Monday, February 11, 2013

Reading a Manuscript



There are two manuscripts currently awaiting my attention. It is a distinct honor to be asked to read them and it is a task I approach with reverence. Most writers will guard their work quite zealously, until it is fully formed and ready to be released. If you are at this particular point in time, before the query letter is written, it is wise to ask a few good people to take a look and let you know what they think.

As a writer, you want to find common agreement. In my first attempt at a novel, I heard that my protagonist fell in love with a man she did not seem to like all that much when she first set eyes on him. While this is a common device in many love stories, I missed the mark in describing the man, in such a way as to allow the reader to see why she would eventually fall in love with him. In the end, the novel failed to get out into the world and ended up in my cupboard. The other day, a solution occurred to me on an afternoon walk in the woods.  I have no desire to dust off that story and fix it at this point; there are so many stories and too little time.  I did feel happy though, in the knowledge that a tricky piece of the puzzle had somehow fallen into place. Who knows? If I live to be ninety and still have my faculties, it may see the light of day yet. If not, it was part of my learning curve and not a total waste of time.

Certainly, a story is like a great enigma. Years ago, up at the lake, my family of origin decided to tackle one of those thousand piece puzzles, during a week of inclement weather. We were always an impatient bunch, but some of us found the process soothing. We started to square off the frame and get some sections going, until one day, we returned from a trip to town to see our father sitting at the card table with a pair of scissors! He was cutting a piece to fit. Aghast, we let out a collective protest while he insisted that the piece really was supposed to go there and that the manufacturer did not trim it correctly. Don't do this to either a puzzle, or a manuscript! Don't try to make something work because you stubbornly insist that your reader is wrong and you are right. If two readers say the same thing then you have to admit defeat and go back to the drawing board. A little humility is in order.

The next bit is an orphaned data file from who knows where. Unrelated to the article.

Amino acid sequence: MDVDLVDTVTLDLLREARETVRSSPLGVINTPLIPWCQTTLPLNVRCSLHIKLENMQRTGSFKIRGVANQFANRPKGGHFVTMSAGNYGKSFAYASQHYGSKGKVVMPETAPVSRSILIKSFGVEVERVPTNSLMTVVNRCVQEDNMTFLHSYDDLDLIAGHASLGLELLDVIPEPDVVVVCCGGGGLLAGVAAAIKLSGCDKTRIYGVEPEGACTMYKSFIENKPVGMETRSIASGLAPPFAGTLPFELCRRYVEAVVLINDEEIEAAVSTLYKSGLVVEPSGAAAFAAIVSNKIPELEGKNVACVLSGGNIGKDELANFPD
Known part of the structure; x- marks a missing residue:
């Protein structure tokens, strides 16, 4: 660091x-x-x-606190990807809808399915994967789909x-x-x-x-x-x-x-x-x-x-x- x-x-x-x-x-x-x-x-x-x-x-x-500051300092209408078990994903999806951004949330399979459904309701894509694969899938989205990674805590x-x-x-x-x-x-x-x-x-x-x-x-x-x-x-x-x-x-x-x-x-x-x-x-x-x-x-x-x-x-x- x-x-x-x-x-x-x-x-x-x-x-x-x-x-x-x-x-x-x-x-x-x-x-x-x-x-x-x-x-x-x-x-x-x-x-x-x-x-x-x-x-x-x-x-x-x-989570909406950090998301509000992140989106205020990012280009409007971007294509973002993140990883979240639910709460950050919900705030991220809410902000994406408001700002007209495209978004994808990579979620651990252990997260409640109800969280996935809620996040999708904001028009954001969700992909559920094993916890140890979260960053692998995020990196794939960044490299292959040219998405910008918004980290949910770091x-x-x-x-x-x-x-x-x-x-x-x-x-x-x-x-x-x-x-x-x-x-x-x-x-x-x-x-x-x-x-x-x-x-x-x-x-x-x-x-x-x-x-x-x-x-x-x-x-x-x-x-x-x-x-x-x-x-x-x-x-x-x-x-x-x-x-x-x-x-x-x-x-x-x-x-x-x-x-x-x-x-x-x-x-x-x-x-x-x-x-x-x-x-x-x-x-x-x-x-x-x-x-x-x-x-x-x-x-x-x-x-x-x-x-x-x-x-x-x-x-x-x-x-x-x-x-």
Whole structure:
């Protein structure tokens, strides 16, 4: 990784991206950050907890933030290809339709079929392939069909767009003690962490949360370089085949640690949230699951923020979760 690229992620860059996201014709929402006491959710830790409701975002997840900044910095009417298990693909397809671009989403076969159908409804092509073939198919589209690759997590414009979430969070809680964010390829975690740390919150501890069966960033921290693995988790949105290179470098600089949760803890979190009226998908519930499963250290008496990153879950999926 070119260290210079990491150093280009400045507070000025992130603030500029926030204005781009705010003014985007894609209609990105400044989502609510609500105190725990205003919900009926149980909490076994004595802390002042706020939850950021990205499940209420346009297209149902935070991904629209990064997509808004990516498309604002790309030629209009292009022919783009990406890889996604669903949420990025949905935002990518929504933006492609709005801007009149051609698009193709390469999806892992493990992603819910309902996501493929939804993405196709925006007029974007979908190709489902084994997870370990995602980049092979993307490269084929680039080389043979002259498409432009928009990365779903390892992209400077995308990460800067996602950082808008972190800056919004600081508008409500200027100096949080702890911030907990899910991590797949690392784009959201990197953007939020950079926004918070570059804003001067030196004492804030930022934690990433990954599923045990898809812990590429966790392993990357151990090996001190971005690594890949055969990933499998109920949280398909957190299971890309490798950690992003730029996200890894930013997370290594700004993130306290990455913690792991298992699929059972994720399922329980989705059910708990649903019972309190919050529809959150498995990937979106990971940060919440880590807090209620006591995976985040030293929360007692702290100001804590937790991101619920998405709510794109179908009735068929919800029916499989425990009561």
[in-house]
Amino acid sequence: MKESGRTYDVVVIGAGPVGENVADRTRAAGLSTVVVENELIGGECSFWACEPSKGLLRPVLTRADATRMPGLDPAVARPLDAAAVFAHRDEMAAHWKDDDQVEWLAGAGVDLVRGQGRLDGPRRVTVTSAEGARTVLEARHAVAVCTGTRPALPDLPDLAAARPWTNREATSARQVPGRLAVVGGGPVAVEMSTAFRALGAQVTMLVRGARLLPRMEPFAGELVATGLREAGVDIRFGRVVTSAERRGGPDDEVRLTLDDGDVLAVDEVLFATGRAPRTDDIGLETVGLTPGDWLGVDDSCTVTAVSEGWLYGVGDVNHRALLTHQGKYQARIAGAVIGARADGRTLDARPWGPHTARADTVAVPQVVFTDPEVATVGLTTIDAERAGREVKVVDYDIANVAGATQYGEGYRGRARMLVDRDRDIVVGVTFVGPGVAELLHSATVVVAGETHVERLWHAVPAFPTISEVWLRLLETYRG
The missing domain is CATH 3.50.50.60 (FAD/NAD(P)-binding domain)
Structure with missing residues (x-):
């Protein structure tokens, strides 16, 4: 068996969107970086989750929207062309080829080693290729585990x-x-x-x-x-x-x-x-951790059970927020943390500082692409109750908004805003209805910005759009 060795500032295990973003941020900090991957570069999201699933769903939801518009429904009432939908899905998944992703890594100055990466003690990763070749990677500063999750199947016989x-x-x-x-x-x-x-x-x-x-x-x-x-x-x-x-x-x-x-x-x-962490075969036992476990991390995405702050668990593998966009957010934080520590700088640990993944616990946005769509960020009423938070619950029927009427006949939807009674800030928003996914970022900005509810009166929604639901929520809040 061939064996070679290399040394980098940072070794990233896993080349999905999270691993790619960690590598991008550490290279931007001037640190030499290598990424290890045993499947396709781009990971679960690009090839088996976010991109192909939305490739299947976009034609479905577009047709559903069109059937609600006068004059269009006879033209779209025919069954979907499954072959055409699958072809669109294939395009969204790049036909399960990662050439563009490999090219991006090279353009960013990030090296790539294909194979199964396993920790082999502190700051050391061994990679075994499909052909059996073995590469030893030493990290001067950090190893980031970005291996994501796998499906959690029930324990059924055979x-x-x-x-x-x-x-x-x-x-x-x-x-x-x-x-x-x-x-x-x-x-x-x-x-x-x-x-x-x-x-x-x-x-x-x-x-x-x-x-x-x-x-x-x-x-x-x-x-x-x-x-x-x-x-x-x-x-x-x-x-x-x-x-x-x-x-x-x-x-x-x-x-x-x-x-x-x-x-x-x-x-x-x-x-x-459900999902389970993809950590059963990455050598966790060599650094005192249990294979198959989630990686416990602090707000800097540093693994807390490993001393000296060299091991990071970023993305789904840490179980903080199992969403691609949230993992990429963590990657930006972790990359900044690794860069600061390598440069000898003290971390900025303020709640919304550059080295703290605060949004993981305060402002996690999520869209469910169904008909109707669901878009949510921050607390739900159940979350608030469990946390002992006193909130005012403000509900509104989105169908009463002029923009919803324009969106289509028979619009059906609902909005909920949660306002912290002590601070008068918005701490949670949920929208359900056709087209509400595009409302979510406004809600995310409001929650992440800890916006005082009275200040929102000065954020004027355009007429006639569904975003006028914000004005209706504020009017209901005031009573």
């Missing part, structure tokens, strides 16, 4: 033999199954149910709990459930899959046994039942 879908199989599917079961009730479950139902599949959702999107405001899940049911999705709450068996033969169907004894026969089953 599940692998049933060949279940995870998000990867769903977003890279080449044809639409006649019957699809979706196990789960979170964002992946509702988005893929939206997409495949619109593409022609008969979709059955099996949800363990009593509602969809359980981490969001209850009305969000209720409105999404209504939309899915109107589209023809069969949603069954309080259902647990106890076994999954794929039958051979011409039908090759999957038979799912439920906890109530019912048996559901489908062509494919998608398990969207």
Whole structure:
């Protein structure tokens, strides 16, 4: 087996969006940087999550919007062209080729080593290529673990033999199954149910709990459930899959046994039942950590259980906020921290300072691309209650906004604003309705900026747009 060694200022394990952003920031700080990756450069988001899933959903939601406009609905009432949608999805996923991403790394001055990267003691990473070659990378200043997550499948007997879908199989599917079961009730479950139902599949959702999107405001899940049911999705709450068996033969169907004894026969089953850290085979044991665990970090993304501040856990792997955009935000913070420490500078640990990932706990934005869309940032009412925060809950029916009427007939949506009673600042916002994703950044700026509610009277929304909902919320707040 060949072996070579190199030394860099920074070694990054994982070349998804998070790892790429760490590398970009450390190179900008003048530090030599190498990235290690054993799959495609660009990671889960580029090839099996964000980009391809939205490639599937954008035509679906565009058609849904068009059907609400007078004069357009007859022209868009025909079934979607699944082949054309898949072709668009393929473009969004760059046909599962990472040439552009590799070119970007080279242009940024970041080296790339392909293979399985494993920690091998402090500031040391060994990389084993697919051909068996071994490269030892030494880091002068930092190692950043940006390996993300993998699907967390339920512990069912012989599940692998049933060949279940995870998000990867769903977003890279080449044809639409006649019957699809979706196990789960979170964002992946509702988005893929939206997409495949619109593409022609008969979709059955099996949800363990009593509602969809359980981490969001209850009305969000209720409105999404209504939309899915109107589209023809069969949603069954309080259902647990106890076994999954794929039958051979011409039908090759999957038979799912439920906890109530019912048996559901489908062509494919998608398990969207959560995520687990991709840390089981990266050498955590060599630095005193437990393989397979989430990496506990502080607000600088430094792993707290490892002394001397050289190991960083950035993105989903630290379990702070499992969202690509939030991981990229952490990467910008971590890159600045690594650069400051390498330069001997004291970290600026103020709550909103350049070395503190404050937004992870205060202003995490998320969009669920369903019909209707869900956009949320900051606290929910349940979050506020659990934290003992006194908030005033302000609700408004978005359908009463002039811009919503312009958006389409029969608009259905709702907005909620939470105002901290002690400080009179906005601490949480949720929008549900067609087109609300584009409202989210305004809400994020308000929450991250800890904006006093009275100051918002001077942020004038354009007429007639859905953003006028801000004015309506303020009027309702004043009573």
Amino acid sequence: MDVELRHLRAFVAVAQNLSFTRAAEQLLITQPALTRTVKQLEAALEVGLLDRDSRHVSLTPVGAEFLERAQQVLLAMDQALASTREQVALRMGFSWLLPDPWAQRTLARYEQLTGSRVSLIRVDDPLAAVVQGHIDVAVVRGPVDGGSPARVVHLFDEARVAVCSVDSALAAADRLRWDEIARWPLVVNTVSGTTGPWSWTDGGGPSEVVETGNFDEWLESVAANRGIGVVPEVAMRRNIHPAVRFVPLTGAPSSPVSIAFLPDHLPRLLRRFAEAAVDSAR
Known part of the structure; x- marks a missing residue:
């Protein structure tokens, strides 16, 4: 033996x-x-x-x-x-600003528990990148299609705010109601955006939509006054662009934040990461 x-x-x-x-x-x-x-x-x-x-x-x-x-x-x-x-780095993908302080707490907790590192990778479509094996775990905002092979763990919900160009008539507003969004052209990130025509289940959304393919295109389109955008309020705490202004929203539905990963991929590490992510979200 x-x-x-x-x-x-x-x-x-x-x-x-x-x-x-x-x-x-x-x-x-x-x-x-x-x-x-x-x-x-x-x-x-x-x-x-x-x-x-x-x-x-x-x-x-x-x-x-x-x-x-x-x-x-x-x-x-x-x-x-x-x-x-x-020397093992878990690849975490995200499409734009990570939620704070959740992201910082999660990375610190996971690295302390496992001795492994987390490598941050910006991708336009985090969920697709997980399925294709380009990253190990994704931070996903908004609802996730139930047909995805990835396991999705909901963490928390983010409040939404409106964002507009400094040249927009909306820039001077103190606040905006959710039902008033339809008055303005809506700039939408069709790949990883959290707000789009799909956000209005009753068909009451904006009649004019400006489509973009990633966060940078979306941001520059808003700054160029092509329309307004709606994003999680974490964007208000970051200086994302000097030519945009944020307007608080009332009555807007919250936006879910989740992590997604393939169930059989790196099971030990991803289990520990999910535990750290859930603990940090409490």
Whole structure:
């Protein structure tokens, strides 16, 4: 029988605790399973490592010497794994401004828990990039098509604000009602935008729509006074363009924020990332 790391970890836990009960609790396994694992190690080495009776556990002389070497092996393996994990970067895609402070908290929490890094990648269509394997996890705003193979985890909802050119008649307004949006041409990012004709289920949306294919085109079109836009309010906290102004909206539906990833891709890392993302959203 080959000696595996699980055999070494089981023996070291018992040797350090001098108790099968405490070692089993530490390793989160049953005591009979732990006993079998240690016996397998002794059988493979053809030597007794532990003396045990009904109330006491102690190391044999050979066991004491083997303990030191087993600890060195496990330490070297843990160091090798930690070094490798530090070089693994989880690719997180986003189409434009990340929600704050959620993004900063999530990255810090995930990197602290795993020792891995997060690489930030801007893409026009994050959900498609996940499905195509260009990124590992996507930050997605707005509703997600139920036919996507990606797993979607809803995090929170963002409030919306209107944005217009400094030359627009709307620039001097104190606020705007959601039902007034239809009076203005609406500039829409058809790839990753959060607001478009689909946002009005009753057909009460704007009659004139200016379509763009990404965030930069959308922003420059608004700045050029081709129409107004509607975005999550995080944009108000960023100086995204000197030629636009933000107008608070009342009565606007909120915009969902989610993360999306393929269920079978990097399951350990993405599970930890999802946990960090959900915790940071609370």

A writer needs to know if the story starts to lag at any given point. Picture, if you will, four people holding up a King size sheet. Where in your novel is the greatest dip? Do the four corners have to be lifted higher in order to keep it from sagging to the ground? Many times, a writer will get a response to a query. An agent, after reading the first three chapters, may ask for the full manuscript. The writer will send it off right away and then go through weeks of nail biting uncertainty. With a great thud, the manuscript lands back on the doorstep, having been returned. The excruciating task begins. The reason, obsessed over and discussed with friends, often does not yield an answer. The writing was good enough to get that  far, but was there a lag, a sag, or a droop, that made the agent toss it into the return pile? If so, its better to find out before sending it out and putting yourself through many frustrating attempts to get published.